A WestJet flight on the runway leaving Comox. Photo by Erin Haluschak
Aviation company seeks contracted employees to fill former WestJet roles at YQQ

Menzies Aviation from Edinburgh Park, Scotland, operates in 34 countries across the world

A cougar was spotted Monday near Queneesh Elementary. (WildSafe BC photo)
Cougar sighted Monday near Courtenay school

Conservation officers are warning the public to avoid the wooded areas around… Continue reading

Island Health chief medical officer Dr. Richard Stanwick receives a first dose of Pfizer vaccine, Dec. 22, 2020. (B.C. government)
COVID-19: B.C. seniors aged 90+ can start to sign up for vaccination on March 8

Long-term care residents protected by shots already given

Langley resident Carrie MacKay shared a video showing how stairs are a challenge after spending weeks in hospital battling COVID-19 (Special to Langley Advance Times)
VIDEO: Stairs a challenge for B.C. woman who chronicled COVID-19 battle

‘I can now walk for six (to) 10 minutes a day’

Cannabis bought in British Columbia (Ashley Wadhwani/Black Press Media)
Is it time to start thinking about greener ways to package cannabis?

Packaging suppliers are still figuring eco-friendly and affordable packaging options that fit the mandates of Cannabis Regulations

Nanaimo RCMP are looking for a suspect who smashed the window of an adult toy store and made off with more than $1,200 in merchandise. (File photo)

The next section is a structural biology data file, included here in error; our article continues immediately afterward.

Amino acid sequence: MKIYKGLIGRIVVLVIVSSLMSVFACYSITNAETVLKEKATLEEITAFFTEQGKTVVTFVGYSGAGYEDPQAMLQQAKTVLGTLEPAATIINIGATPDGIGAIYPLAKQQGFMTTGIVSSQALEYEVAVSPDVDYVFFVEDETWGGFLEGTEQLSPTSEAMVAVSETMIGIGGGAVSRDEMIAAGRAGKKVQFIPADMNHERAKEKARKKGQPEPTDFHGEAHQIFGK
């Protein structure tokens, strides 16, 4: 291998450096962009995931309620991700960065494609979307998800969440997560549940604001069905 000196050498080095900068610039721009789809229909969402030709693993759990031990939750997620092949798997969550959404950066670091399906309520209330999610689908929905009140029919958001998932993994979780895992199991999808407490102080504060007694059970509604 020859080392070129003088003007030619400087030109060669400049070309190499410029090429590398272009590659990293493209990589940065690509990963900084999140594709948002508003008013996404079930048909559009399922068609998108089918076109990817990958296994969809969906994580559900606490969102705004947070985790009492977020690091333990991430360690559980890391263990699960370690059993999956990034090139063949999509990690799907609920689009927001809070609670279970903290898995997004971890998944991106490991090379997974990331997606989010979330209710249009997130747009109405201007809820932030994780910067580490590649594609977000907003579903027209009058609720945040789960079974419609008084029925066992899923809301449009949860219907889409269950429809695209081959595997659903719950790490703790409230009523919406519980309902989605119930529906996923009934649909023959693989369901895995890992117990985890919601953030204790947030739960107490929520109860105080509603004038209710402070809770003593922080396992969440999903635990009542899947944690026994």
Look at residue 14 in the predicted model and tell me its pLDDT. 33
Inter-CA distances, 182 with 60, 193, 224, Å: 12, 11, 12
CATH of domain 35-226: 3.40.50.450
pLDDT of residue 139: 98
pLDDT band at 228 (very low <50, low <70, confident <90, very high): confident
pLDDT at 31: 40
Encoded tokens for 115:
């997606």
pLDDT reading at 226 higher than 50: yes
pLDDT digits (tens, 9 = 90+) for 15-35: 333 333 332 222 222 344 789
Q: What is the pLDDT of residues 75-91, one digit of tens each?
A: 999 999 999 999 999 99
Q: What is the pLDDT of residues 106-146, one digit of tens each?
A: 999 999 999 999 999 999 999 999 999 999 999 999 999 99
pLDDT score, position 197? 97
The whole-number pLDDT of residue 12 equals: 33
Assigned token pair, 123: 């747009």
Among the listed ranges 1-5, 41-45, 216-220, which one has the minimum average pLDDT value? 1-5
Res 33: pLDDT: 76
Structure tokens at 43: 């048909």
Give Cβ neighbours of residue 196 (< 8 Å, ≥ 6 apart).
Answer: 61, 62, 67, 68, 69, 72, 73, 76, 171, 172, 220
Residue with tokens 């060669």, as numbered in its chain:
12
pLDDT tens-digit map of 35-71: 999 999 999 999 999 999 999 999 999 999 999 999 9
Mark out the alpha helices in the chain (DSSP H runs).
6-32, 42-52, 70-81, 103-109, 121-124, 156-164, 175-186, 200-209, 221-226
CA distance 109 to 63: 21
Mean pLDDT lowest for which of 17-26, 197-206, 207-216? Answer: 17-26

Vancouver Island sex shop out $1,200 in merchandise after suspect steals ‘colossal’ product

Suspect smashed window of Nanaimo store, cutting himself in the process

Riverside Calvary Church in Walnut Grove. (Langley Advance Times file)
B.C. is ‘stereotyping’ churches as riskier for COVID than other spaces, lawyer argues

Judge said that freedom of expression, religion are not at issue in the case

B.C. Premier Gordon Campbell gets acquainted with Tsawwassen First Nation Chief Kim Baird’s 10-month-old daughter Sophia, husband Steve and four-year-old Amy at the B.C. legislature before a ceremony to endorse the Tsawwassen Treaty, Oct. 15, 2007. (Sharon Tiffin/Black Press)
Indigenous consent comes first and last for B.C. industrial projects

Environment minister can still approve permits without consent

B.C.’s court of appeal in Vancouver. (File photo: Tom Zytaruk)
Kootenay man appeals 7-year conviction for New Year’s Eve kidnapping, beating

Brandon Coons, 27, was convicted on five charges, including assault with a weapon

Nootka Sound RCMP responded to a workplace fatality report south of Gold River on Monday morning. (Campbell River Mirror photo)
One dead in workplace accident at Gold River logging site

The RCMP and Work Safe BC are investigating the incident at Western Forest Product’s TFL 19

Ladysmith’s famous Festival of Lights decorations are still up as of March 1, 2021. (Cole Schisler photo)
PHOTOS: It’s still looking a lot like Christmas in Ladysmith

Festival of Lights volunteers cannot remove the holiday roof top displays due to COVID-19

An investigation is underway after two VPD officers were recorded posing for pictures near a dead body at Third Beach on Feb. 24. (Screen grab/Zachary Ratcliff)
Vancouver officers placed on desk duty after filmed posing next to dead body

Pair put in ‘non-deployable, admin positions’ as the investigation into their conduct continues

Most Read